Mining Mexican cinema for its music: How songs and scores lend power to the picture
Every April, thousands of Mexicans flock to the grave of Pedro Infante. They bring flowers and tequila and sing songs made famous by the charismatic singer and film star who died in 1957. Many spend the night.
“He’s almost like a saint,” said Daniela Michel, director of the Morelia Film Festival in Mexico. “A lot of people in rural areas have pictures of Pedro Infante in their houses. That tells you a lot about the power of this man — the power of music.”
The Los Angeles Philharmonic celebrated the power of Mexico’s film history and its music Friday night with “Noche de Cine,” conducted by Gustavo Dudamel. It was a tour of the nation’s most important and emblematic movie songs and scores, beginning in the silent era and running through recent films by Guillermo del Toro and Alejandro G. Iñárritu.
Iñárritu curated the program with Michel. They’ve known each other for two decades, since Michel launched a festival for Mexican short films and the director, then in advertising, was a sponsor.
“Mexican cinema is very linked to Mexican music,” she said. “When you think about the themes from the golden age, films with Jorge Negrete, Pedro Infante — all these wonderful Mexican stars who were also singers — even to this day, people from other parts of Latin America, even Gustavo Dudamel, know those songs. They’ve seen these films. Somehow, the combination of cinema and music is very strong in our culture.”
Michel combed through a century of music and chose to spotlight a score by Silvestre Revueltas — “the most important [Mexican] composer of the 20th century” — from the 1936 film “Redes” by “High Noon” director Fred Zinnemann. The most recurring name on the program was that of Manuel Esperón, who scored more than 500 films between the 1930s and ’80s.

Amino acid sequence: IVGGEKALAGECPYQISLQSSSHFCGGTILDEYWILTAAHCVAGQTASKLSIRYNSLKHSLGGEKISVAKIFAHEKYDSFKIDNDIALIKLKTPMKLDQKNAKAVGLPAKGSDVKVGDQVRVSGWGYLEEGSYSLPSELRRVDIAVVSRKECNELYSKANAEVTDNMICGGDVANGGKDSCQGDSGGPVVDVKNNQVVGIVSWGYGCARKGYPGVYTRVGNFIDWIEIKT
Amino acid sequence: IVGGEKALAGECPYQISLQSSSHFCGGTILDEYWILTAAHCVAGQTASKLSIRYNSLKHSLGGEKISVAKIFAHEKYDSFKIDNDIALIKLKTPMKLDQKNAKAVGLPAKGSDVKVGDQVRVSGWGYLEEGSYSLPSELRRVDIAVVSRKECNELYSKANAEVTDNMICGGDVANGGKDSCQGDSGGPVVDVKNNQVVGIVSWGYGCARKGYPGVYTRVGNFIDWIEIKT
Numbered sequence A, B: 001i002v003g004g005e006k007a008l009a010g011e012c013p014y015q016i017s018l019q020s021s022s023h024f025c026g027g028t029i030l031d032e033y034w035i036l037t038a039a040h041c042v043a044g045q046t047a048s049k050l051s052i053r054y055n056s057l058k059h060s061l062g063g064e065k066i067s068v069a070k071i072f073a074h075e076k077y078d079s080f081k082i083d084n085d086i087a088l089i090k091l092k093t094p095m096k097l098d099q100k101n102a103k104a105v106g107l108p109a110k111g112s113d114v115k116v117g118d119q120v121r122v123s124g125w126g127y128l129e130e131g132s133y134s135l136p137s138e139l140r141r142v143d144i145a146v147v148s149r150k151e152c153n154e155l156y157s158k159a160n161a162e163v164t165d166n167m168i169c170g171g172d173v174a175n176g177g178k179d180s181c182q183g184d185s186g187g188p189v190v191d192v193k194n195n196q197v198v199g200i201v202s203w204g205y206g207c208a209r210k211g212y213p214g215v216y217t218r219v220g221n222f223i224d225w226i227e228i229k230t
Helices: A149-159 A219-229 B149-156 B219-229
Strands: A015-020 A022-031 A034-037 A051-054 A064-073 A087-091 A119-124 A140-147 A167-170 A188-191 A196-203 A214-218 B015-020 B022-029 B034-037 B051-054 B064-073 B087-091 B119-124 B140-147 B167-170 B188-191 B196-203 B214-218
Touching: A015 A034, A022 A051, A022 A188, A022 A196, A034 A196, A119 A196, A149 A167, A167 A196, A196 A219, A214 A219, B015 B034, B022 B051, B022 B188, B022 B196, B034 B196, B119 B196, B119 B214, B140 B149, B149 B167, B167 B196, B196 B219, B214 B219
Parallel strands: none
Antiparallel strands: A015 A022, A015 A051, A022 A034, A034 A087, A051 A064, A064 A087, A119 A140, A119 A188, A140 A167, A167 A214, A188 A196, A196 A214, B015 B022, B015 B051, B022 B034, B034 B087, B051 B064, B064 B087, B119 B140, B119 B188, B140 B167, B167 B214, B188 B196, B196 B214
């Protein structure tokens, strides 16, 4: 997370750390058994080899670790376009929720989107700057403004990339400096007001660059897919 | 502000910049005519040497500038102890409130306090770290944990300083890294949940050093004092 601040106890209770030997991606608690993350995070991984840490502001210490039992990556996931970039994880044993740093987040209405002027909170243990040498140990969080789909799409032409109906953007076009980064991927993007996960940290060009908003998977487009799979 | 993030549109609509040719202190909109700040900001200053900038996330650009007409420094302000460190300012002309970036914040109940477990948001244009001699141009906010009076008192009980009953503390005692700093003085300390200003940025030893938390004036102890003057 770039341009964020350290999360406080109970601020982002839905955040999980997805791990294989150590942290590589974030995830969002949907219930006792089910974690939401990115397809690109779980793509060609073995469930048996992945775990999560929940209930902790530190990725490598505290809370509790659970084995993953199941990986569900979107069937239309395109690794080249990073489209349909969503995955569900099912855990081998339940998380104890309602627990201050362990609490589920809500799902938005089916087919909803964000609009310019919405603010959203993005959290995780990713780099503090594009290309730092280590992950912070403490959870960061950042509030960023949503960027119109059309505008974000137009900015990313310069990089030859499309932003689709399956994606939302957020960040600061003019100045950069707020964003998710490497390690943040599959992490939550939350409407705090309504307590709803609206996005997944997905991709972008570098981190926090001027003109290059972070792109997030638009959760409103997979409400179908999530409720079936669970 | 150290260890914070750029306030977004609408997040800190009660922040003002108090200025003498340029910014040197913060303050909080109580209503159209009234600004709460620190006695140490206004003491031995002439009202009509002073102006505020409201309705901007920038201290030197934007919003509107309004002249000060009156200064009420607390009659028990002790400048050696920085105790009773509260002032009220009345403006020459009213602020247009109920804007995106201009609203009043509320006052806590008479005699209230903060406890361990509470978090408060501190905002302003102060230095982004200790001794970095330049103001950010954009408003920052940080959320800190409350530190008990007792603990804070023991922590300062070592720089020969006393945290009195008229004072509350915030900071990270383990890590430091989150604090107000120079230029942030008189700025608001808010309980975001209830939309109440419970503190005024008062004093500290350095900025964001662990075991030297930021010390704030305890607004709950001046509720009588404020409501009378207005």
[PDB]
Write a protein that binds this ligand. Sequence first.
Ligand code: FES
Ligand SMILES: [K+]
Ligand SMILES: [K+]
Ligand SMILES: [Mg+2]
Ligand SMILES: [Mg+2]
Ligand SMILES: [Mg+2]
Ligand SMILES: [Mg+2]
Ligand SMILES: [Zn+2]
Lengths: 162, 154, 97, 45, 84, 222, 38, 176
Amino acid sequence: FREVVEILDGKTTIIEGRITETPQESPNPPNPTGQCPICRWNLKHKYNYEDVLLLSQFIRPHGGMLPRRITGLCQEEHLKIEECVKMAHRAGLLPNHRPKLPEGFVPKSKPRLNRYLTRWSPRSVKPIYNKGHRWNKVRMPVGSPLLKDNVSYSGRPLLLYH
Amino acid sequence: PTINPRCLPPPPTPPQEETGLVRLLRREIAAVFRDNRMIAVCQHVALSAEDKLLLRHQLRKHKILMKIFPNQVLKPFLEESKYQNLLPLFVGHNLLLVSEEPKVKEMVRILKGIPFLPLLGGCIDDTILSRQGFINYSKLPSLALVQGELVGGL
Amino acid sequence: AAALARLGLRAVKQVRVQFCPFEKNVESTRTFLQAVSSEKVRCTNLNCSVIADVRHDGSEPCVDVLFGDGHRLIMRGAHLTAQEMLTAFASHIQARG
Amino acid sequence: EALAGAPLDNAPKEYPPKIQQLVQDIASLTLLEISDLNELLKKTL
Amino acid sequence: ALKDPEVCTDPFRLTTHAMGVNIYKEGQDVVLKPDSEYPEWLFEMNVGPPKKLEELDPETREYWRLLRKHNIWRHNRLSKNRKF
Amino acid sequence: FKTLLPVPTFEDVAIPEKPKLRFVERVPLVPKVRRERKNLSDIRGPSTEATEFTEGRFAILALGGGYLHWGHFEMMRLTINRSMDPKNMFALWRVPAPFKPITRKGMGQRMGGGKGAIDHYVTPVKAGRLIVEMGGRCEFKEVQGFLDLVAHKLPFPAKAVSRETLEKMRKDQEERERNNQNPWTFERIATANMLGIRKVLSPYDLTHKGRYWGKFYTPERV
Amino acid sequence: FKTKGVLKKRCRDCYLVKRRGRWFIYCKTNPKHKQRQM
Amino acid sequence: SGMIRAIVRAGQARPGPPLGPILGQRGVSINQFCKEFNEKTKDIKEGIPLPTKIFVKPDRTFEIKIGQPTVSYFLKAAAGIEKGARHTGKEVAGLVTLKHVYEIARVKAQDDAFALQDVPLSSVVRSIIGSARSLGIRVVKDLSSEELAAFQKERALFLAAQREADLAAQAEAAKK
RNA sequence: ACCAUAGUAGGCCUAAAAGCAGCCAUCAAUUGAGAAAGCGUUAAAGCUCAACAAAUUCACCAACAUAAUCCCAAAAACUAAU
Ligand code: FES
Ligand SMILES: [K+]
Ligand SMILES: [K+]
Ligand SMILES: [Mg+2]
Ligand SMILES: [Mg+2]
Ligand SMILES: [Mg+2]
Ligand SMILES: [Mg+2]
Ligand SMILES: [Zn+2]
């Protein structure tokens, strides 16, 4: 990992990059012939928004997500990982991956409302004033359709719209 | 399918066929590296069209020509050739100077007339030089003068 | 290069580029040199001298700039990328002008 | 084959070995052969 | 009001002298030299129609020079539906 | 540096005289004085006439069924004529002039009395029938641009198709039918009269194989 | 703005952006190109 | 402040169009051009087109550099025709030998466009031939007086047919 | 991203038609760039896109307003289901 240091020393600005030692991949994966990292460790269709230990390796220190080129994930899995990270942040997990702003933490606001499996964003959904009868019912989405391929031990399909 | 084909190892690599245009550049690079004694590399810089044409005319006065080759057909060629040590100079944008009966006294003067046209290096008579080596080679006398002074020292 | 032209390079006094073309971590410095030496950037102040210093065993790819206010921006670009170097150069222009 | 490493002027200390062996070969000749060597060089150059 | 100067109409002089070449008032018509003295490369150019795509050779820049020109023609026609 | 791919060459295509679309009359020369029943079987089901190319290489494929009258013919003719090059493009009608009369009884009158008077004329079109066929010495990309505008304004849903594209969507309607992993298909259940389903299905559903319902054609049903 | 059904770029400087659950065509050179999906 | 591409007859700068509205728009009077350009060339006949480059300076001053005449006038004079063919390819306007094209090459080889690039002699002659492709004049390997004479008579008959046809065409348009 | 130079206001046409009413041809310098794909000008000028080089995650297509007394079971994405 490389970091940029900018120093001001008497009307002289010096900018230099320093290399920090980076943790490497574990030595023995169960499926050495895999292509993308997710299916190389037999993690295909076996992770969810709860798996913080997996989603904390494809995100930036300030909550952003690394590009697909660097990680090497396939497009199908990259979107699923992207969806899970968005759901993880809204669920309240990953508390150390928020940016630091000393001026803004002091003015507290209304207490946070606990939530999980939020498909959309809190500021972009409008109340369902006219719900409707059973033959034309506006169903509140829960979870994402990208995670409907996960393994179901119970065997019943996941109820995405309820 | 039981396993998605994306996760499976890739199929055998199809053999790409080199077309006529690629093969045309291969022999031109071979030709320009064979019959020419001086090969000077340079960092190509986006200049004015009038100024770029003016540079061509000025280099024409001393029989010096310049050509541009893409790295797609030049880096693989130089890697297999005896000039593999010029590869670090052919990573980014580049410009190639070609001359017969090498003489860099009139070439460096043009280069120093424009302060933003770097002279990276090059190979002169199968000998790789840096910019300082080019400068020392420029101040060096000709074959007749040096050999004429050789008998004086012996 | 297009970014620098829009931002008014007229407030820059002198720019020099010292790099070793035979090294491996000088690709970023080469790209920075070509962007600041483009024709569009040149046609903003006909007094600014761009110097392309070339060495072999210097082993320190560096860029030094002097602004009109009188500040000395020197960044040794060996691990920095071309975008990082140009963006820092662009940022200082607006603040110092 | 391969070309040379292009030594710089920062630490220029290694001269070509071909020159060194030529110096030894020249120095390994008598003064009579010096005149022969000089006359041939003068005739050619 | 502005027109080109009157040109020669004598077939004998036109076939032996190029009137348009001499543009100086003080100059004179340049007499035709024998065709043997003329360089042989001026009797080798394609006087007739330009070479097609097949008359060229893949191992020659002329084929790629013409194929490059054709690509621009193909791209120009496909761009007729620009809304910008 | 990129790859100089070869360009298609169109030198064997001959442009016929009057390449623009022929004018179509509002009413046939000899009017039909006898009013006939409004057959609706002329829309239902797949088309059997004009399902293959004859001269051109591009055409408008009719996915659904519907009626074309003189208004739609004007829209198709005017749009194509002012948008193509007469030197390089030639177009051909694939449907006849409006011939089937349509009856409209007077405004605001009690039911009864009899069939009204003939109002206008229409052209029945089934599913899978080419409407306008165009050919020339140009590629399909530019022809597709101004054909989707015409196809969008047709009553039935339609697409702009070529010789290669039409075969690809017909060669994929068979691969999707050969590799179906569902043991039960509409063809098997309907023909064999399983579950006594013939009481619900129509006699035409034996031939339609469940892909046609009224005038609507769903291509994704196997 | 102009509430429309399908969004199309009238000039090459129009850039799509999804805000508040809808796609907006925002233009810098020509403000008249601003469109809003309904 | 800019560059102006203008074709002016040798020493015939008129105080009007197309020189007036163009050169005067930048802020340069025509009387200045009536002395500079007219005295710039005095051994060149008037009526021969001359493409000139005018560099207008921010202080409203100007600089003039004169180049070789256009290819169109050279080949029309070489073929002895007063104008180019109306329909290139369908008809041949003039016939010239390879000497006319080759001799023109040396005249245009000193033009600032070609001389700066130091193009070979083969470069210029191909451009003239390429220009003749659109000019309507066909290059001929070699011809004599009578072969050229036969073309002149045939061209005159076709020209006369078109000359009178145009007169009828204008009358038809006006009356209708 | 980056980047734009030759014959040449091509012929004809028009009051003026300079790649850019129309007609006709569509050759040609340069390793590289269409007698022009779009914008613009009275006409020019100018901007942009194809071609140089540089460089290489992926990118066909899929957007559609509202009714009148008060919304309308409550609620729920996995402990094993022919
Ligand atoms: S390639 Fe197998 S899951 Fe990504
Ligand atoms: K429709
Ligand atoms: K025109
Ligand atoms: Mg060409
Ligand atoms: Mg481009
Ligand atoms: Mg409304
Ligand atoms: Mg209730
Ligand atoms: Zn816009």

“Some of these songs are almost like national anthems for us,” Michel said.
Some selections were accompanied by film clips, notably the work of director Emilio Fernández, who created a sweeping, romantic vision of post-revolution Mexico. A popular actor in his own right, Fernández was the model for the Oscar statuette.
“He made these beautiful films where you see the landscapes, and where obviously the music of Manuel Esperón also helped build this identity of Mexican-ness,” said Michel. “Fernández is well known as saying, ‘There’s only one Mexico: the Mexico I invented.’ That’s a lot to say, but that’s exactly how he felt.”
Michel and Iñárritu also chose the creepy compositions of Raúl Lavista, who created music for movies starring the masked wrestler Santo.
Lavista was like Miklós Rósza, who worked in big Hollywood studios, Michel said. “He could composer very elegant music, but also he could write something as foreign or as kitsch as el Santo music.”
The program also featured Gustavo Santaolalla’s score for Iñárritu’s 2000 breakout film, “Amores Perros,” and Javier Navarrete’s Oscar-nominated score for Del Toro’s 2006 dark fable, “Pan’s Labyrinth.”
Michel was surprised by how far-reaching the music of Mexican cinema is when she witnessed Salma Hayek bring a mariachi band to the gala dinner at this year’s Cannes Film Festival — and led an international, star-studded sing-along of Mexican standards like “Cielito Lindo.”
That folk song was popularized by Infante in the 1947 romantic comedy “Los Tres García,” but its power has proved timeless.
After the devastating earthquake in Mexico City last month, “every day when the workers stopped working, they all got together and sang ‘Cielito Lindo,’” Michel said. “Which just tells you how important Mexican film and music are for Mexicans, and how it bonds them together. Mexico sometimes is very sentimental — but that’s the way it is.”
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